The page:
I learned so much, loved meeting warm and kind-hearted locals, gave a poetry reading, listened to some amazing poets on the night, and bought ten books. So combined with the fifteen I brought over, less the eight I gave away, gives me … a sore shoulder, but I have an eleven hour journey to get through now, so I’ll enjoy a couple of them mile-high. I acquired and donated a rake of business cards, and look forward to keeping in touch with the great people I met.

In the cab to the airport (shared cab), I met a wonderful lady from L.A, who was full of chat and the joys of life after spending the long weekend alone in San Fran – her first time here. She liked it (and spent some of her time considering whether there will be further chapters in her relationship with her Irish boyfriend), but was interested to hear my thoughts on the city (and the lad). Naturally, I paid respect where respect is due, the locals are absolutely great people, but I couldn’t help but admit that those sad shadows crawling about the streets, is a recurring image of the week and one that I can’t really reconcile with. She said that L.A is pretty much the same, so perhaps I’m just being too judgmental in my assessment of the place. Regarding her buachaill, I gave him the thumbs up. “Stick with it” the advice of the Irish jury, “I think you could be in for a happy ending”. She said she would and we swapped numbers. I’ll keep in touch to see when I need to buy the hat.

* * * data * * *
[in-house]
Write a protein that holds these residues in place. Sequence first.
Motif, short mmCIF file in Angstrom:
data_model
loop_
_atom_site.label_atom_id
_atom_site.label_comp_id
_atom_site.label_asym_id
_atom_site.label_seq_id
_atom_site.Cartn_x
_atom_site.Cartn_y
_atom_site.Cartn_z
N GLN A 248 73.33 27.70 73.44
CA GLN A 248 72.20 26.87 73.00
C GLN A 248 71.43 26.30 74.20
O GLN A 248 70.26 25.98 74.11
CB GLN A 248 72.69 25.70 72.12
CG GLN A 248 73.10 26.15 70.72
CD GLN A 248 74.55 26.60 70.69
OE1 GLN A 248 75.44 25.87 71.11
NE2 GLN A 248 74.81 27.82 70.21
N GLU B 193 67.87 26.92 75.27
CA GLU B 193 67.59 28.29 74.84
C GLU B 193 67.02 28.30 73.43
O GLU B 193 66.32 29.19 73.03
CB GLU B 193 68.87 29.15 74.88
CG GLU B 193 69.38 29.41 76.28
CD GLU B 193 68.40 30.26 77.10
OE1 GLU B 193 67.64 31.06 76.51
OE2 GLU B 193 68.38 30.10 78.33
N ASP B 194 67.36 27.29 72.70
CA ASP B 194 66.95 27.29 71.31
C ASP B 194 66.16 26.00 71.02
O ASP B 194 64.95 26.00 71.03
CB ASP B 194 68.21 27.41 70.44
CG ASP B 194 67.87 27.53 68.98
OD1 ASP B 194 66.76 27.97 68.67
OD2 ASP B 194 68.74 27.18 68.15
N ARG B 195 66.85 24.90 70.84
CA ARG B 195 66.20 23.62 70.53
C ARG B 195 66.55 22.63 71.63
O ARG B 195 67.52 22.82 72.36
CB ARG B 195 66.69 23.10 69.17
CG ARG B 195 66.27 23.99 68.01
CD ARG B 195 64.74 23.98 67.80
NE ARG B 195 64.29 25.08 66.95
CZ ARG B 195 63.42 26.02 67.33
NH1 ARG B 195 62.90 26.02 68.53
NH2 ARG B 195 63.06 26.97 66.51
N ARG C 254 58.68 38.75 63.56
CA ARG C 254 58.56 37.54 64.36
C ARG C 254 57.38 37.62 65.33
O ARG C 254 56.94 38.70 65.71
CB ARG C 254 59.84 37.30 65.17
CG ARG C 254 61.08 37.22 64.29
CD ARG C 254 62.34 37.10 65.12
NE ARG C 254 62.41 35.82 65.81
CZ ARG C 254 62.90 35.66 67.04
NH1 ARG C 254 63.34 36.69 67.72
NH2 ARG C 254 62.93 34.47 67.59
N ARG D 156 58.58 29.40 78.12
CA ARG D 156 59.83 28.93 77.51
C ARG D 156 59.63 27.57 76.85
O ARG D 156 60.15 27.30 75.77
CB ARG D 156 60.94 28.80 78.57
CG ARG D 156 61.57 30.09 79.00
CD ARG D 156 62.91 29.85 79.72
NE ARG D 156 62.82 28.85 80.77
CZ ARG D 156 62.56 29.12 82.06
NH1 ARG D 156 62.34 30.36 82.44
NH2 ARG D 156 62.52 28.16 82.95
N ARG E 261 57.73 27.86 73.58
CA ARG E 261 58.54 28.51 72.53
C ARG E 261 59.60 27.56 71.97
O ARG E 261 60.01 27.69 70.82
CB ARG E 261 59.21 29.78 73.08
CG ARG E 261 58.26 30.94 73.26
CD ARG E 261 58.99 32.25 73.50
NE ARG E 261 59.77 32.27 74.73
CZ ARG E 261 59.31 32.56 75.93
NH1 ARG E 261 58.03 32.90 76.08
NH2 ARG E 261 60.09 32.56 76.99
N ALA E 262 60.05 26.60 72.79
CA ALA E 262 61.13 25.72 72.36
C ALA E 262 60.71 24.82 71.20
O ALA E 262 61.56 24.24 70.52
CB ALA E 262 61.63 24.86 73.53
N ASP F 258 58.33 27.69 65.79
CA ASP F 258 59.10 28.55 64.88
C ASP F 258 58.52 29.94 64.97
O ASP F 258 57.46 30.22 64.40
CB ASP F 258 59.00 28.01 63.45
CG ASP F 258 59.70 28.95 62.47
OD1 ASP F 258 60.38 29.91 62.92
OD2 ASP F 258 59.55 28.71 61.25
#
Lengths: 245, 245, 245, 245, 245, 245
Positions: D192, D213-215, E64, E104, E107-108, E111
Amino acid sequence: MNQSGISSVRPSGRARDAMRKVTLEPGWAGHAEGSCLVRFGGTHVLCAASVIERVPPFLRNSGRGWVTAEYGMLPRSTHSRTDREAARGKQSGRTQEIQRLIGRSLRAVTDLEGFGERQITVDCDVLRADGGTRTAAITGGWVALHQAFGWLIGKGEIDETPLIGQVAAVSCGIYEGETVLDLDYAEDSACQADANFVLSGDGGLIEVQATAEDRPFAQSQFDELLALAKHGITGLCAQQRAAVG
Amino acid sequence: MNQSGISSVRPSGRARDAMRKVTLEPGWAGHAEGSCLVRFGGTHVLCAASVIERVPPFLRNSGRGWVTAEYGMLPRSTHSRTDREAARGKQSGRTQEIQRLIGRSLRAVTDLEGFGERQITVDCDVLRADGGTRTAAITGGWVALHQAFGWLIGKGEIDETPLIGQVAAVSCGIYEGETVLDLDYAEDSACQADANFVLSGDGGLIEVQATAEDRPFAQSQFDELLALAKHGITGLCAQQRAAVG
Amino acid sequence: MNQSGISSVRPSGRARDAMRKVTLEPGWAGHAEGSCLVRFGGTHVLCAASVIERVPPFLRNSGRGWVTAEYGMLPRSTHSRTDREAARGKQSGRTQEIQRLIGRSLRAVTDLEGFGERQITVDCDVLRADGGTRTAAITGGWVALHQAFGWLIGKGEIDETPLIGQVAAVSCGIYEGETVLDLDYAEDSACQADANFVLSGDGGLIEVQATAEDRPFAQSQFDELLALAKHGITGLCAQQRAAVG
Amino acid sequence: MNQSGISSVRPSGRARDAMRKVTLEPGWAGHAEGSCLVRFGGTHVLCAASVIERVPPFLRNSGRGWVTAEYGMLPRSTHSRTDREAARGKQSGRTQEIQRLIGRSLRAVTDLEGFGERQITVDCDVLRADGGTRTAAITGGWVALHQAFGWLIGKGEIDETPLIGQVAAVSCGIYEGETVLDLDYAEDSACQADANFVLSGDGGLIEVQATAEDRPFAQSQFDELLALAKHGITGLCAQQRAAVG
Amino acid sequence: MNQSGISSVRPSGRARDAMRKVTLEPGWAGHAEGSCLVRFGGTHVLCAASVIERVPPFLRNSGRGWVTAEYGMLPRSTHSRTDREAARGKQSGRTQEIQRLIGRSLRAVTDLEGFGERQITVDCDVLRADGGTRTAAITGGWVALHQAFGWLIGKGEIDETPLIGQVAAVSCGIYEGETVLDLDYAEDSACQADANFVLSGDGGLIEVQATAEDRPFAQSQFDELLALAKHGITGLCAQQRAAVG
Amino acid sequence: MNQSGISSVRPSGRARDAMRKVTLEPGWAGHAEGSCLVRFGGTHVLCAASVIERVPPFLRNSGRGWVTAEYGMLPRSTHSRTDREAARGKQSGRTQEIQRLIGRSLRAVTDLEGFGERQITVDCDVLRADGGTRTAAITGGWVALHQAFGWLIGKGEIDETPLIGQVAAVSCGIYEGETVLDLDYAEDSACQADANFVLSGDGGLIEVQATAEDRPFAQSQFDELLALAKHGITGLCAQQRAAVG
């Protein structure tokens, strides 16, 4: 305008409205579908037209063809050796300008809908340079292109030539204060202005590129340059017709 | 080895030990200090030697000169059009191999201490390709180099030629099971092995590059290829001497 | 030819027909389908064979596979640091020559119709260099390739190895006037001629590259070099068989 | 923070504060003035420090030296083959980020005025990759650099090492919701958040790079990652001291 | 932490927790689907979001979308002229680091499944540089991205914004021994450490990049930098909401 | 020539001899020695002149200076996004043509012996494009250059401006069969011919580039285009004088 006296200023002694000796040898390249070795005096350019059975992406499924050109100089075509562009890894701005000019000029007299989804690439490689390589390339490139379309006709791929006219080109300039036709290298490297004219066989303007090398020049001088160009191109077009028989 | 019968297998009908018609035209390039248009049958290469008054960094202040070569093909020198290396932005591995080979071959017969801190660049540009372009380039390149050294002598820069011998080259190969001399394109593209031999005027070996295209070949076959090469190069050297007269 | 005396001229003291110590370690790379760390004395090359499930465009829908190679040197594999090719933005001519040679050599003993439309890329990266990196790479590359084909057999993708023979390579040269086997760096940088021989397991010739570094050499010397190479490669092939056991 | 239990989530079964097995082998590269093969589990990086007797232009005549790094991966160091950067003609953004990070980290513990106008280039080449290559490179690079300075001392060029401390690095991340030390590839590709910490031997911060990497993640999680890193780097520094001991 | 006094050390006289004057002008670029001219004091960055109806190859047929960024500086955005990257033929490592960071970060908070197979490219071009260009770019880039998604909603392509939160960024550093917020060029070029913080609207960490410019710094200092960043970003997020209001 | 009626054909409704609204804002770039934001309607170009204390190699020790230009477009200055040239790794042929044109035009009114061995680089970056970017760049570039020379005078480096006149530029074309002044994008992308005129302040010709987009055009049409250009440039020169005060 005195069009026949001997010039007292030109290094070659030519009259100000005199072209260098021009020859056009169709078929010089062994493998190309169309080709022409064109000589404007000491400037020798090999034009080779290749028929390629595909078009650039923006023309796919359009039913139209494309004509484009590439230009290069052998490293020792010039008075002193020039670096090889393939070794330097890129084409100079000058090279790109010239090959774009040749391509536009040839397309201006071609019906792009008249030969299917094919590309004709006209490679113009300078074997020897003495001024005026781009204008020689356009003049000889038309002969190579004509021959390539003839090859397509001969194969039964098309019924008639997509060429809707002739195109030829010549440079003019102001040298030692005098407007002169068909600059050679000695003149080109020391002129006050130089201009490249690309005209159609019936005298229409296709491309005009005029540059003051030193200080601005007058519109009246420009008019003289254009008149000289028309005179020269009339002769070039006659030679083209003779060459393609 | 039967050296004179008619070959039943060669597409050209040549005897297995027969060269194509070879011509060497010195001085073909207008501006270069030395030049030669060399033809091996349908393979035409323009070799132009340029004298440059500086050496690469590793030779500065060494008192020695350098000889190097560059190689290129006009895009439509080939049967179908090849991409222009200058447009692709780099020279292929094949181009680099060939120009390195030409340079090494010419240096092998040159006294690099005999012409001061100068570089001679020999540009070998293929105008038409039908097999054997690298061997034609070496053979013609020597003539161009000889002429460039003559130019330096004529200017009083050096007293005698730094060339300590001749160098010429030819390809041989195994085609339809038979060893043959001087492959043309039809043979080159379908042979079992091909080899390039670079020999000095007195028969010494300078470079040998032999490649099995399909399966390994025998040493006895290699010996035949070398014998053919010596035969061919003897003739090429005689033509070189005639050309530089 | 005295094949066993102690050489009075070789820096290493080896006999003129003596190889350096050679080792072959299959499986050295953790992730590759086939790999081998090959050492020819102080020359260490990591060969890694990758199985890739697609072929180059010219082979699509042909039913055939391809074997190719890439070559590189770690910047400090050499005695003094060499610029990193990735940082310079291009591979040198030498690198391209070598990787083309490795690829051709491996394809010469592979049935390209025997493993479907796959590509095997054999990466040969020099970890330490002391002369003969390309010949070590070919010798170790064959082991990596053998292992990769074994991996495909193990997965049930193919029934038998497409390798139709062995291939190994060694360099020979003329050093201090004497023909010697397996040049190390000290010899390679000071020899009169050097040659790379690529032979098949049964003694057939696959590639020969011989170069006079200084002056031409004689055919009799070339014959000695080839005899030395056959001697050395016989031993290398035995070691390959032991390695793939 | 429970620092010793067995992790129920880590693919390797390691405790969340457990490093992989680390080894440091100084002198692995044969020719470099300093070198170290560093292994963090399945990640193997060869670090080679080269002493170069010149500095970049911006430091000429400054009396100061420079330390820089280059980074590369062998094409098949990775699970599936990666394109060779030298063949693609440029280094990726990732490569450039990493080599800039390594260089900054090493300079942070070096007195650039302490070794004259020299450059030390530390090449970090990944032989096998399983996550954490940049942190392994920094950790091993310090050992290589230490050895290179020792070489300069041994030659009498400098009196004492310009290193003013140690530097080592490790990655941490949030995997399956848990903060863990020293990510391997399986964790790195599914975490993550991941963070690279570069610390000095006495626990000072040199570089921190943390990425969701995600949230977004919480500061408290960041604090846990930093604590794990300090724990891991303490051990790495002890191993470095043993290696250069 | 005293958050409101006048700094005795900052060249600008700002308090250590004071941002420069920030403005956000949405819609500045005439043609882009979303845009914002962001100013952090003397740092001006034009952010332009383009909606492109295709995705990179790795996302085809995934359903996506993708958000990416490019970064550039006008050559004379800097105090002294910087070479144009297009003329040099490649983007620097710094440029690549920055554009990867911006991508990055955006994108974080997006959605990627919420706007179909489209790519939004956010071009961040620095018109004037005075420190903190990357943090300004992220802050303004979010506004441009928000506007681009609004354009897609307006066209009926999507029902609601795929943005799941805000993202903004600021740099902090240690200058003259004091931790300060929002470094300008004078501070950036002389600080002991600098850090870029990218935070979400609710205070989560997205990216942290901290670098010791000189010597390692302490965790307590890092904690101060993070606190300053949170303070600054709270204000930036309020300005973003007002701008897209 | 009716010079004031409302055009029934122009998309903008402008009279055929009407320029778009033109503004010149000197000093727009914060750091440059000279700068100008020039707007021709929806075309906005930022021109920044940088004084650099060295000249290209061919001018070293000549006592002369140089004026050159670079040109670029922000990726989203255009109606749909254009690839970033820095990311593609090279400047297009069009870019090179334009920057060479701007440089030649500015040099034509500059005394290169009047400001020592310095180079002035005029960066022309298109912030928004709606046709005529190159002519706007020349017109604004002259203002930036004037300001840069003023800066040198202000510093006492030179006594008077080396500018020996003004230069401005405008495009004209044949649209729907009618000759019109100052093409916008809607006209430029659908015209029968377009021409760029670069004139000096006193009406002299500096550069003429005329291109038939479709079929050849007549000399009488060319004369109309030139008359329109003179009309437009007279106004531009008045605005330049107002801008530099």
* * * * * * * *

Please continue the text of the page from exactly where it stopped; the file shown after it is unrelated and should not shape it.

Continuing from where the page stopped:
San Fran to me is Glasgow on stronger drugs. Hills, deprived souls and mad yokes at every turn, but with beautiful, colourful, friendly locals to boot. To everyone who said it was “the best city imaginable”, I may never consult you for travel advice again, but thanks.

Next stop Dublin.pexels-photo-196667.jpegIMG_2209

San Francisco Writers Conference 2018, closing remarks